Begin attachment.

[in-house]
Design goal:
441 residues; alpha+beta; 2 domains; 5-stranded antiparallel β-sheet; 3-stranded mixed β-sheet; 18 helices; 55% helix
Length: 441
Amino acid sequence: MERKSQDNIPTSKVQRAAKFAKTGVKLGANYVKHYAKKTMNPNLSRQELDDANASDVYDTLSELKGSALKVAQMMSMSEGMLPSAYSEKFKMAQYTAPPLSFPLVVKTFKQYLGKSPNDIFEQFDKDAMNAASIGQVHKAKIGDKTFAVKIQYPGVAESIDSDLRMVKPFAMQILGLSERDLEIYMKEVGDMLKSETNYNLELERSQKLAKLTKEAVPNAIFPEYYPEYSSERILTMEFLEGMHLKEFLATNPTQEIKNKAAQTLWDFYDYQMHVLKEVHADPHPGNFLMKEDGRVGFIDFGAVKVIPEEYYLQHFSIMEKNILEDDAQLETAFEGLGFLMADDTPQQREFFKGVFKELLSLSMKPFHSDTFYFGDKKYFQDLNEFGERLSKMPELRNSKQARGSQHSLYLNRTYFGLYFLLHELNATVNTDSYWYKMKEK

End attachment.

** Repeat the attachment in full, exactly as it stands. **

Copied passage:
[in-house]
Design goal:
441 residues; alpha+beta; 2 domains; 5-stranded antiparallel β-sheet; 3-stranded mixed β-sheet; 18 helices; 55% helix
Length: 441
Amino acid sequence: MERKSQDNIPTSKVQRAAKFAKTGVKLGANYVKHYAKKTMNPNLSRQELDDANASDVYDTLSELKGSALKVAQMMSMSEGMLPSAYSEKFKMAQYTAPPLSFPLVVKTFKQYLGKSPNDIFEQFDKDAMNAASIGQVHKAKIGDKTFAVKIQYPGVAESIDSDLRMVKPFAMQILGLSERDLEIYMKEVGDMLKSETNYNLELERSQKLAKLTKEAVPNAIFPEYYPEYSSERILTMEFLEGMHLKEFLATNPTQEIKNKAAQTLWDFYDYQMHVLKEVHADPHPGNFLMKEDGRVGFIDFGAVKVIPEEYYLQHFSIMEKNILEDDAQLETAFEGLGFLMADDTPQQREFFKGVFKELLSLSMKPFHSDTFYFGDKKYFQDLNEFGERLSKMPELRNSKQARGSQHSLYLNRTYFGLYFLLHELNATVNTDSYWYKMKEK